Stanley Marcus (1905- ) was president of the Neiman Marcus retail department store chain from 1950 to 1975. Involved in the company since 1926, he continued the family tradition of providing high-quality products at reasonable prices. Marcus turned a local Dallas store into an internationally respected retailer with 30 stores nationwide.
Stanley Harold Marcus was born in Dallas, Texas, on April 20, 1905. He was the eldest son of Herbert Marcus, one of the founders of the Neiman Marcus department store, and Minnie Lichenstein Marcus. Stanley Marcus was the eldest of four sons. He was raised in Dallas and attended Forrest Avenue High School. From there, he went East to prestigious Harvard University. He graduated in 1925 and received his Master's in business administration from Harvard's Business School in 1926.
Retailing was a Marcus family affair. In 1907, when Stanley Marcus was only two years old, Herbert Marcus, Sr., along with Stanley's aunt and uncle, Carrie Marcus Neiman and Al Neiman, founded Neiman Marcus. Young Stanley spent his childhood playing among the clothing and display cases of his family's Dallas store.
One thing I learned very early is that a valuable salesperson is easily worth three times what you pay the average schnook. -- Stanley Marcus
Upon returning from Harvard in 1926, Marcus went to work at the store. Al Neiman had just retired, and the elder Marcus needed his son's help. Stanley Marcus started work as a floor man in Neiman Marcus' apparel departments. It was not the career he had envisioned for himself; he had wanted to be a book publisher. His father and aunt insisted he join the family business, but promised that his creative energies would not be stifled.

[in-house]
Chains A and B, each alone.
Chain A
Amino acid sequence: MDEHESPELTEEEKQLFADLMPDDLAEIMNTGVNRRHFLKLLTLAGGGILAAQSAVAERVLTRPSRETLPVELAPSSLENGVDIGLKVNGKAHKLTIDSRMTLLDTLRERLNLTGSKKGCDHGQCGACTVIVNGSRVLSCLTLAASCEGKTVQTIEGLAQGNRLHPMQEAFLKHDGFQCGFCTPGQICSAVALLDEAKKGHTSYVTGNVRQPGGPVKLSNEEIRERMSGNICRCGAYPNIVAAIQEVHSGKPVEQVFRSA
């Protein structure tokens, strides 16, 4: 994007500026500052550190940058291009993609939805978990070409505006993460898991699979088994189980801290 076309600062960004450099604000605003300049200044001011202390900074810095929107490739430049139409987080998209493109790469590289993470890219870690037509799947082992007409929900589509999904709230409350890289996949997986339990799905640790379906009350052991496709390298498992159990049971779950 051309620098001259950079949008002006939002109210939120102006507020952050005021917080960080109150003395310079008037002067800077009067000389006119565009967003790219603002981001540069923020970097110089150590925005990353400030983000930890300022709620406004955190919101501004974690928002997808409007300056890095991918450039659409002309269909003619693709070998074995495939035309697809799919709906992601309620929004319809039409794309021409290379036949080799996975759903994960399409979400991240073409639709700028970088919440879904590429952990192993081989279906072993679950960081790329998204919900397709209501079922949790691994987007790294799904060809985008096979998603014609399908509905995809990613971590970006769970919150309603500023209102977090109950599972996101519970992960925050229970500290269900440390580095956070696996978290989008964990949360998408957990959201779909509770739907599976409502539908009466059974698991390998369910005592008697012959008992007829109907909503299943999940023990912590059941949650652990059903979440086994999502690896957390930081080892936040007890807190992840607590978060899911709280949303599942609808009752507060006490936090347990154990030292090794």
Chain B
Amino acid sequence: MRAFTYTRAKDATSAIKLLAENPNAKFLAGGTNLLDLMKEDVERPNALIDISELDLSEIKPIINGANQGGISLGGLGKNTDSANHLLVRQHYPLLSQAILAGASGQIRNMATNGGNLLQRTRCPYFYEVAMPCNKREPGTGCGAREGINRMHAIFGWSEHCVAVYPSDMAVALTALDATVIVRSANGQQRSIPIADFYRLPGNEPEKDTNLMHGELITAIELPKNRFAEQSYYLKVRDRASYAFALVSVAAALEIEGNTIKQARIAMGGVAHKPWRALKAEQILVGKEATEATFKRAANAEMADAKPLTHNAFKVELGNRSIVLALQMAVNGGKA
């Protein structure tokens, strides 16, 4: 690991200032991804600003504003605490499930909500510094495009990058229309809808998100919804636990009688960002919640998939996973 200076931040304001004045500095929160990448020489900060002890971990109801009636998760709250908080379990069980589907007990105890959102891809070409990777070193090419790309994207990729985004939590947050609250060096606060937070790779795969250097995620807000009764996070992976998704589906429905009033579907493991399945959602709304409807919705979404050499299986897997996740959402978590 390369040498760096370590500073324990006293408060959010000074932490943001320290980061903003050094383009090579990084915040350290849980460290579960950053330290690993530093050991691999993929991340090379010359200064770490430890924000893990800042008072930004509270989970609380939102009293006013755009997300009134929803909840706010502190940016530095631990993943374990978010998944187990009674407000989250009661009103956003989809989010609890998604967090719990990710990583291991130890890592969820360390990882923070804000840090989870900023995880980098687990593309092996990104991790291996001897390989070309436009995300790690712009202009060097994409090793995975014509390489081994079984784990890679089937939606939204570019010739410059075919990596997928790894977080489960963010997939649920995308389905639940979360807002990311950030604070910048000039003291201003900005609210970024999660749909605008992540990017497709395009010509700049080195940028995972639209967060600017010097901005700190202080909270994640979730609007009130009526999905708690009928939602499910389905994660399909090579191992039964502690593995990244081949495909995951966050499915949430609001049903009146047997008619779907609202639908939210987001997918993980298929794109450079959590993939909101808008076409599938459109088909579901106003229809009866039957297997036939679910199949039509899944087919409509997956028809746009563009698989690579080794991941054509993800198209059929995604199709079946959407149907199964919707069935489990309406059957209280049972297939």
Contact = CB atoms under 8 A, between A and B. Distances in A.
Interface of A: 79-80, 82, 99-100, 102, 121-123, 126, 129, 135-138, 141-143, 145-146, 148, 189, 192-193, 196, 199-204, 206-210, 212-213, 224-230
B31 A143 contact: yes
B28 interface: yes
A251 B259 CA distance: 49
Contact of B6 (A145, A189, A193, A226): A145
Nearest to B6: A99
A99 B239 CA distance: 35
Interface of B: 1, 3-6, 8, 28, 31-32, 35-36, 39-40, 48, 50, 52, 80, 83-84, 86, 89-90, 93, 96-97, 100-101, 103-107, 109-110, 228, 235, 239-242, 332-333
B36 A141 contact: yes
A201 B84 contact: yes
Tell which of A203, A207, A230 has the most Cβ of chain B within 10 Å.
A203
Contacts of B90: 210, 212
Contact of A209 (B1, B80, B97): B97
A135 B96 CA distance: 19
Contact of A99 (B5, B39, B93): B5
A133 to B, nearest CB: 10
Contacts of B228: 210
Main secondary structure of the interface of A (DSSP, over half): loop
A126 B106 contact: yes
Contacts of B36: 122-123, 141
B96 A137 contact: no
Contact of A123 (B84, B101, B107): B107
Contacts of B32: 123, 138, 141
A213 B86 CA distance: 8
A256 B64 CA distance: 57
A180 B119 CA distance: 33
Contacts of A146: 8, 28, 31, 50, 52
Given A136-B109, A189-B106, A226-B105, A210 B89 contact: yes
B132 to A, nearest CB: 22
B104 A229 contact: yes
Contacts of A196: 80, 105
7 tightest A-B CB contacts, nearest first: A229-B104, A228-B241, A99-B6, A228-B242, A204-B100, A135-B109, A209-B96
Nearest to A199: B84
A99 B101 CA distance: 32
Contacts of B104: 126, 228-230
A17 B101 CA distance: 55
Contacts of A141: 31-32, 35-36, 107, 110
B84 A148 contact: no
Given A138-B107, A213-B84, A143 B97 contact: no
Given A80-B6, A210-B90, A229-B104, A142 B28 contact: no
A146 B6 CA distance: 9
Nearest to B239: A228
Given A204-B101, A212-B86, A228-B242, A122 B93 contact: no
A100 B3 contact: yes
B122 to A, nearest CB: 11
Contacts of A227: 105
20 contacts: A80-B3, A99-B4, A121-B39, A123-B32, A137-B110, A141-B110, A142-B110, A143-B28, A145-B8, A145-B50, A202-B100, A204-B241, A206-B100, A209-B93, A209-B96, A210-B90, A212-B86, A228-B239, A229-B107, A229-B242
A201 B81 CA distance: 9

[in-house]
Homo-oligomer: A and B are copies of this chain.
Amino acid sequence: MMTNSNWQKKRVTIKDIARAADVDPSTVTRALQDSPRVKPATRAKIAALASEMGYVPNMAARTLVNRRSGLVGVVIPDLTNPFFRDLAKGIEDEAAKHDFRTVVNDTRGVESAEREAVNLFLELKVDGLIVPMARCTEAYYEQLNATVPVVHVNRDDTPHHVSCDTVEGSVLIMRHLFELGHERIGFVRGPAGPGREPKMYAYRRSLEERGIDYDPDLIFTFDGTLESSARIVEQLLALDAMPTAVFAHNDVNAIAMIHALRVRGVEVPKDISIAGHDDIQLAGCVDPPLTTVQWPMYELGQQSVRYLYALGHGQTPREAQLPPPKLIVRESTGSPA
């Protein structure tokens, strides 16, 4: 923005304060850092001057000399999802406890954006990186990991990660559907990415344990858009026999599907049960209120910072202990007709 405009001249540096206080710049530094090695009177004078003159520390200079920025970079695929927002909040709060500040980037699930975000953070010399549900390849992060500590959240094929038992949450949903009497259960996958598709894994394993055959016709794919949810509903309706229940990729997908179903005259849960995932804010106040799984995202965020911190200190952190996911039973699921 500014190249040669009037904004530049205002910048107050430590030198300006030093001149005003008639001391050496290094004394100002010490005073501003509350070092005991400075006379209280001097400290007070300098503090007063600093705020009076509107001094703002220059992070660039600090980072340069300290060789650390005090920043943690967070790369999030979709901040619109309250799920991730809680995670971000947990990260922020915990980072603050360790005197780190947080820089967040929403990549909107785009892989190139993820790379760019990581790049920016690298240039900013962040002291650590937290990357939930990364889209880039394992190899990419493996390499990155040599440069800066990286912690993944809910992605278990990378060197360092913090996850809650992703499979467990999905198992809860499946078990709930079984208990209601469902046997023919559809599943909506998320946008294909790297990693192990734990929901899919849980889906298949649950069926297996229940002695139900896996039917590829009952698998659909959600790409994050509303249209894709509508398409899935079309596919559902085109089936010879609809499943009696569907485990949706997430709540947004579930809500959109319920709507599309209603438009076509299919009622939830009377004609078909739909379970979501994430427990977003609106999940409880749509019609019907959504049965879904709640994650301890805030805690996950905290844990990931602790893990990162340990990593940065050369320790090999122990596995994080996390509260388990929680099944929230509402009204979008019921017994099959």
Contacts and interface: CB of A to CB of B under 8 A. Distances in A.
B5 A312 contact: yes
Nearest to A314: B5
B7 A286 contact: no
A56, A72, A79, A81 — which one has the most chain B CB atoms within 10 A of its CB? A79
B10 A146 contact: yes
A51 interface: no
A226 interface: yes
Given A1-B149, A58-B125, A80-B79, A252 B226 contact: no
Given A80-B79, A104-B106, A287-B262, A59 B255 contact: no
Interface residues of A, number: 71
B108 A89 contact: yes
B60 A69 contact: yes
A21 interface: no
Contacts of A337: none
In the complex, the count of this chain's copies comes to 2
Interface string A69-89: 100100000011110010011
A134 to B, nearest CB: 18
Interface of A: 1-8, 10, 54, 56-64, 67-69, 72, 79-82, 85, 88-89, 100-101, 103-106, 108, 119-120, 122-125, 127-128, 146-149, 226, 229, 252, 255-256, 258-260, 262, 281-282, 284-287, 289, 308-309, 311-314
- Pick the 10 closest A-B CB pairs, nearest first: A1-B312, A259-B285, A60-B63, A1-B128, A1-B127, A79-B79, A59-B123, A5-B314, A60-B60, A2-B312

In November 1932, Stanley Marcus married Mary Cantrell. They had three children. After Mary Marcus' death, Stanley Marcus later married his second wife, Linda, in 1979.
During Stanley's first year at Neiman Marcus, his creativity was put to use. He pioneered Neiman Marcus' weekly fashion shows, the first by an American department store. The store became famous for these shows, and it was their first step into the world of high fashion. Stanley Marcus also introduced the Neiman Marcus Fashion Exposition. Under his guidance, Neiman Marcus became the first specialty store to advertise in national magazines. These were the first of many promotional visions that Stanley Marcus brought to life. Over time, his marketing genius became legendary.
By 1928, Stanley Marcus was an executive. He became director, secretary, and treasurer of Neiman Marcus, as well as the sportswear merchandise manager. At this time, the United States was beginning its plunge into the Great Depression (1929-1939). Most of the country saw poverty on previously unknown levels and countless businesses closed. Retail establishments like Neiman Marcus were particularly hard-hit, as Americans struggled to put food on their tables and gave up fashion and decor. Amazingly, Neiman Marcus only had two years of small losses during the Depression, the only losses in the company's history.
In September 1930, oil was discovered in several large oil fields in east Texas. This created wealth for many Dallas families and increased business for Neiman Marcus. During the Depression, Marcus noticed that many of the Southwest's wealthiest continued to travel to New York or Paris to purchase their clothes. This was a market Marcus wanted to catch. He arranged a lunch with the famed publisher Conde Nast (1837-1942). At this meeting, Marcus announced that he wanted to advertise Neiman Marcus in Nast's fashion magazines. He easily convinced Nast, who until then had only accepted advertising from New York stores, and soon Neiman Marcus advertisements were found in Vogue and other couture magazines.
In 1938, Stanley developed the Neiman Marcus awards, "the Oscars of Fashion." The awards were presented annually for distinguished service in the field of fashion. Early honorees included Christian Dior in 1947 for "The Look." The same year saw designer Norman Hartnell of London honored for designing Princess Elizabeth's wedding gown.
World War II (1939-1945) involved the entire Marcus family. Stanley Marcus served as director on a three-state regional board of the Smaller War Plants Corporation. He was also chief of the clothing section of the textile, clothing, and leather branch of the War Production Board in early 1942. His brothers joined the armed services. All of the Marcus brothers returned to work for Neiman Marcus at the conclusion of the war.